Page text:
Tuesday, 19 April 2011

Off Milk, Food Lies, and Dad Smells

Firstly (and that's the second time this week I've started with that word) a word of warning. If you are cooking jacket potatoes, and the temperature dial on the cooker goes up to 250 and then switches to GRILL - make sure you don't turn it too far. In about 20 minutes you'll be wondering what that burning smell coming from your oven is, and will then curse loudly when you realise your mistake.

Tomorrow: Why a toaster in the bathroom is both convenient AND dangerous.

Right, on to today's post. I have to be quick as I've got a lot on tonight. I've got to write this blog,  and do some Sign Language revision. I've not been doing it for a while, but as I'm going to evening classes in September I want to get this online course under my belt. On top of that, I want to watch the Newcastle vs Man Utd match - I'm hoping that Newcastle can beat Man Utd as that would be a massive boost to Arsenal, who were their usual rubbish against Liverpool. Apologies if this post is patchy, I've got lots of little things to say, and one bigger thing.


Living by myself means that stuff like milk lasts a long time. I get through 4 pints in a week if I have cereal every morning,  and have lots of cups of tea. Sometimes, I will take longer to use the milk up, and as a result get slightly suspicious of the milk as I get closer to the bottom of the plastic carton. Now this might be psychosomatic, but often when I pour the last of the milk into my tea it looks like it's coming out lumpy - as it would if it had gone off. Generally this occurrence is followed by a check of my tea to see if any telltale white lumps float to the surface, and a cursory sniff of the milk carton. I don't know why I bother sniffing the milk carton AFTER I've poured the milk - I'm hardly likely to pour the milk, see the floating white blobs of badness, sniff the carton and then say to myself "oh, it is off!" and then still drink the tea (whilst trying not to vomit).
Although, I do on a regular basis take a cup of tea to bed and forget to drink it - that is, until the following morning.

We all know the urban myth about eating cheese late at night makes you have nightmares. It doesn't - it's a fallacy (is that the right word? I always worry that I'm using the one that refers to the Penis). What it does do, is give you cheddar breath, and that means no kissing anyone. Unless of course the person you intend to kiss has been eating Branston Pickle, raw onion, ham, or Marmite. or anything else that goes nicely with cheese.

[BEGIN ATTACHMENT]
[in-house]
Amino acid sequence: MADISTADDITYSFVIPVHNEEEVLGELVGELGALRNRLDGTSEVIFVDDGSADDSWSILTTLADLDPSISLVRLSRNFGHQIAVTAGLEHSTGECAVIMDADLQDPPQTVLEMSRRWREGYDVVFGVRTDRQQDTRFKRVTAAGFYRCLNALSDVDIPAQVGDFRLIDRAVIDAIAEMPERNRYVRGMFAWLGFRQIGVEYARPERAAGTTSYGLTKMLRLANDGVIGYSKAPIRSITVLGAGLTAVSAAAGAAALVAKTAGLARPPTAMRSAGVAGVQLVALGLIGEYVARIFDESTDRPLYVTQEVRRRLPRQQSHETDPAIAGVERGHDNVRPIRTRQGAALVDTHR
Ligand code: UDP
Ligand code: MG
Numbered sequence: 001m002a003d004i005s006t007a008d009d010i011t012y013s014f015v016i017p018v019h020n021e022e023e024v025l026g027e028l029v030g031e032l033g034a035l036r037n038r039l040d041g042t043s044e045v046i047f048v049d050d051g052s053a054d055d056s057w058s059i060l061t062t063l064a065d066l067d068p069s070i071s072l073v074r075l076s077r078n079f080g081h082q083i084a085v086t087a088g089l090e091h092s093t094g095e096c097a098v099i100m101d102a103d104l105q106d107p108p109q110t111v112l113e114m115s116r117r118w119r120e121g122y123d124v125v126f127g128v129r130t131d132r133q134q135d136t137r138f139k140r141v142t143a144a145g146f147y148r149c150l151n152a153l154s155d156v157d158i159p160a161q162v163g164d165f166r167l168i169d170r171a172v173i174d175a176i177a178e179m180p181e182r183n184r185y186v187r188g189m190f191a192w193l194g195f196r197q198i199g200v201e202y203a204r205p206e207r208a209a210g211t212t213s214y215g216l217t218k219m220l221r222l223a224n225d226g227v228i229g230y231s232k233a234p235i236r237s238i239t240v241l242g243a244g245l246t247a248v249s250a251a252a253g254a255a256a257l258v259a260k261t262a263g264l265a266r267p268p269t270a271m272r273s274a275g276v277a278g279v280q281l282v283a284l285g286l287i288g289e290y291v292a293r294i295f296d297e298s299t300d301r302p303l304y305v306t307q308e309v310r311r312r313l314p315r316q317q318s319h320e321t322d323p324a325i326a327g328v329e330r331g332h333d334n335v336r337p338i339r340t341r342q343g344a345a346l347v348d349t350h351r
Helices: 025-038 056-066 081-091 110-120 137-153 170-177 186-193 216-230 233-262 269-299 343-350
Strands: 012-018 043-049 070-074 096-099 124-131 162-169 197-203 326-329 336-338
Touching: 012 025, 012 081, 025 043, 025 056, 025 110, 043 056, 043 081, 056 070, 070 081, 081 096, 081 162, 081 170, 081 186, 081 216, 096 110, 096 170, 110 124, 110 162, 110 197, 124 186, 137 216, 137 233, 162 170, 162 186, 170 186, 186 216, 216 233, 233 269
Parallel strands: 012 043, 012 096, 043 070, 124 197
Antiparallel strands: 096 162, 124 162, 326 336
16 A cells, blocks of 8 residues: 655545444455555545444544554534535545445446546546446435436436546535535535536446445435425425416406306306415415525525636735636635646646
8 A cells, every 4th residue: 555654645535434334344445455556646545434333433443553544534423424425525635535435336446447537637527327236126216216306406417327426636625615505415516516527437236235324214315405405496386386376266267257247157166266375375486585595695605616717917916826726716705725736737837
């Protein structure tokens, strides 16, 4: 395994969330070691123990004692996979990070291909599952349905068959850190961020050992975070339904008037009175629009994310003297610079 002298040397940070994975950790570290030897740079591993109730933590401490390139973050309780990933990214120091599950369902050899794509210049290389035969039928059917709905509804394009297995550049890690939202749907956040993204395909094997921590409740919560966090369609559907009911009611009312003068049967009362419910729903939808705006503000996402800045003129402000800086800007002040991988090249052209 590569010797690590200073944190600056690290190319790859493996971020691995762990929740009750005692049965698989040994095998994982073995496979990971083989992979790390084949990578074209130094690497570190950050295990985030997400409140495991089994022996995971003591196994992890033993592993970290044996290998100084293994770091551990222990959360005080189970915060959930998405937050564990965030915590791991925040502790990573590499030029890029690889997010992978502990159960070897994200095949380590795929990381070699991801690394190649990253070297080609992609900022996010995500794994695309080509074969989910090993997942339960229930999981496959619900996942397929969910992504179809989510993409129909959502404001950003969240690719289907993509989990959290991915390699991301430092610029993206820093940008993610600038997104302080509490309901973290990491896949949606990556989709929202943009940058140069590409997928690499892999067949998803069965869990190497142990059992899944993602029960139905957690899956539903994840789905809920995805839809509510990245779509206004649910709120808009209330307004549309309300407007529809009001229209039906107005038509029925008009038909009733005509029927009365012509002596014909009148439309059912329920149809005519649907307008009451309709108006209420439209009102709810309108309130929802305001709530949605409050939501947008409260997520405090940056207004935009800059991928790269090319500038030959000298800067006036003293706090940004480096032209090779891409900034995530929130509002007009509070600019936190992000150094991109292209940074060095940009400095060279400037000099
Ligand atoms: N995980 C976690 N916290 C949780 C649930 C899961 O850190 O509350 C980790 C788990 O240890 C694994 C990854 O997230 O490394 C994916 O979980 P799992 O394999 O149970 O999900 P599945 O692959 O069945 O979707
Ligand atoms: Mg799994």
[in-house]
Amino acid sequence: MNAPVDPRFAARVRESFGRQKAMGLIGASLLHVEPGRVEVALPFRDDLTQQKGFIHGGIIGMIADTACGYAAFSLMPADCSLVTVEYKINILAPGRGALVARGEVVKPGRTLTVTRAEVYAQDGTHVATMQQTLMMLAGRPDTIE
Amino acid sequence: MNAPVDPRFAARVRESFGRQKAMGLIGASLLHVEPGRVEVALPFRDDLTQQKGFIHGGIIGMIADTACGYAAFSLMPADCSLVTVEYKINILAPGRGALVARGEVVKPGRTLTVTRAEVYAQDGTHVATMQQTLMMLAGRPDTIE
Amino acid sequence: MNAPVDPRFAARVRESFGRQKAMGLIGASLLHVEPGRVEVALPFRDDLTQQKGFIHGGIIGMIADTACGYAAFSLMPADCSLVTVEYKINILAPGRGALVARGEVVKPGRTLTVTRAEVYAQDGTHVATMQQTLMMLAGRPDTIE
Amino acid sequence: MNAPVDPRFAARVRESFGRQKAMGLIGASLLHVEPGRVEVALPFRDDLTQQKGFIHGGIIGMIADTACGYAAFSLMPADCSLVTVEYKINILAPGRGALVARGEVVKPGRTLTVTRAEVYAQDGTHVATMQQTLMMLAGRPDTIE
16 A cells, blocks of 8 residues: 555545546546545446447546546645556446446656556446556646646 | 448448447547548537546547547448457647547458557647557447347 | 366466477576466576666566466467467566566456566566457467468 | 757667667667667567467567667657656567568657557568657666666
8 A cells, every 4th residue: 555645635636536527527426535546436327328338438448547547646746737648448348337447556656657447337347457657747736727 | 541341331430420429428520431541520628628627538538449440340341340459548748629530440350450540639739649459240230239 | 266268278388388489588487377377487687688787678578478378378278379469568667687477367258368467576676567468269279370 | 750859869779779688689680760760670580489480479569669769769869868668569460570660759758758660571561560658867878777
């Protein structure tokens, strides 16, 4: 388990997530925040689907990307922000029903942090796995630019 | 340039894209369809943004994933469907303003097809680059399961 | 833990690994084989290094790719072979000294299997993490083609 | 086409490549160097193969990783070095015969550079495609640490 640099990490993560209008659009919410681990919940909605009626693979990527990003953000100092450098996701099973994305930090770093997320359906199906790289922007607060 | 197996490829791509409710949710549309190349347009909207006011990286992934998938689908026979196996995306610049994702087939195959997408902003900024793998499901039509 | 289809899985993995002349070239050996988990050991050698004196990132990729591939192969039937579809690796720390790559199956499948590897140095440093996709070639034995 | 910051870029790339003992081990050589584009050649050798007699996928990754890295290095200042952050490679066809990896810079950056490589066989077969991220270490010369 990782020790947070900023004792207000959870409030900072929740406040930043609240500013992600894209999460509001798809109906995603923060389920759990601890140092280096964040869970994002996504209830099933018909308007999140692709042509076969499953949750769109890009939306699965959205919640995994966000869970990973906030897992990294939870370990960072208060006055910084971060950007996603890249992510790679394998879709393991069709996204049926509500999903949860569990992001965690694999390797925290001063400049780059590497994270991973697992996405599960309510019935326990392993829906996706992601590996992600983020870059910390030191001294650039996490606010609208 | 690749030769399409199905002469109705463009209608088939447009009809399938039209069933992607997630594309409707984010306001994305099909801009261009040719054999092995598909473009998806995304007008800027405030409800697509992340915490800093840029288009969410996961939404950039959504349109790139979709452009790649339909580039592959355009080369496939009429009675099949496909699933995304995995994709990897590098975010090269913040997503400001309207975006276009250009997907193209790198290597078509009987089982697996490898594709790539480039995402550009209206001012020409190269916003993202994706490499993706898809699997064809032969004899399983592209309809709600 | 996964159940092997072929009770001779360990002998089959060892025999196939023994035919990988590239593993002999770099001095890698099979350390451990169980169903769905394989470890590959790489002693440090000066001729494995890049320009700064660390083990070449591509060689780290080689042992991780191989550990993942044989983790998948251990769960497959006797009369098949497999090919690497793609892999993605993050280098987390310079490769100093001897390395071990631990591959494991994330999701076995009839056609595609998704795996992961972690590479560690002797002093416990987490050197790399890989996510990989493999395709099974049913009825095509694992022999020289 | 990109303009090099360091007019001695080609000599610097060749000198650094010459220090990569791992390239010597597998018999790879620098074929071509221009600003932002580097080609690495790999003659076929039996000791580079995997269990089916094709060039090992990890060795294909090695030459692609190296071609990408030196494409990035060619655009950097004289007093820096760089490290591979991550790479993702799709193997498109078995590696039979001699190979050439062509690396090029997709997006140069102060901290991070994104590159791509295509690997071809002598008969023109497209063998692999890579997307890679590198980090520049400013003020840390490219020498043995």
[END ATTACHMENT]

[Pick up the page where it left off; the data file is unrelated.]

If you haven't tried cheese and Marmite - you should.

There should be more food myths, something like these:
Eating Yogurt late at night makes you sleepwalk. If you eat too many Bananas, the overdose of Potassium will change the colour of your eyes. Spicy foods limit how high you can sing. Broccoli is poisonous to Albinos.
The potential here is limitless. Parents could use this system to get picky children to eat the foods they don't like - "You don't like Spinach? I knew a boy down the street who used to run all day, but he didn't like Spinach either. Then one day - both his legs fell off. He never ran again. You like to run, don't you?"

I'm sure it would work.


It will be 12 years this May since my Dad died. he died on the 17th May - three days before his birthday. I've been told by members of my extended family that I am a lot like him in my mannerisms and personality. Some say I look like him, but I'm not so sure. I've certainly inherited his sense of humour but will never be as great a man as he was.
There is something else of my fathers that I have inherited. This may sound a bit weird, but I've inherited his smell. I'm not talking about the smell of sweat or anything like that, but he had a smell, a scent might be a better word. I remember sitting on his lap when I was small and just hearing him and smelling him.
Now, I have the same smell - not all the time, but every now and then. I noticed it tonight as I was getting changed out of my work clothes. Whenever I smell it, I smell my dad and it's like I am small again, sitting on his lap, or giving him a cuddle.

For all children, it's always too early to lose a parent. When my dad died, I was 28. I had my own place, a full time job, great friends - but I still needed him. His job wasn't finished, and it still wouldn't be finished today if he were alive. I miss him each and every day - but the fact that I can still smell him brings me so much comfort and happiness.


One last thing. I've just run the spell check and the word Yogurt doesn't look right to me. I've spelt it again with an extra "H" (yoghurt), but that looks wrong too. If I have spelt it wrong I apologise. I should have used "cream".

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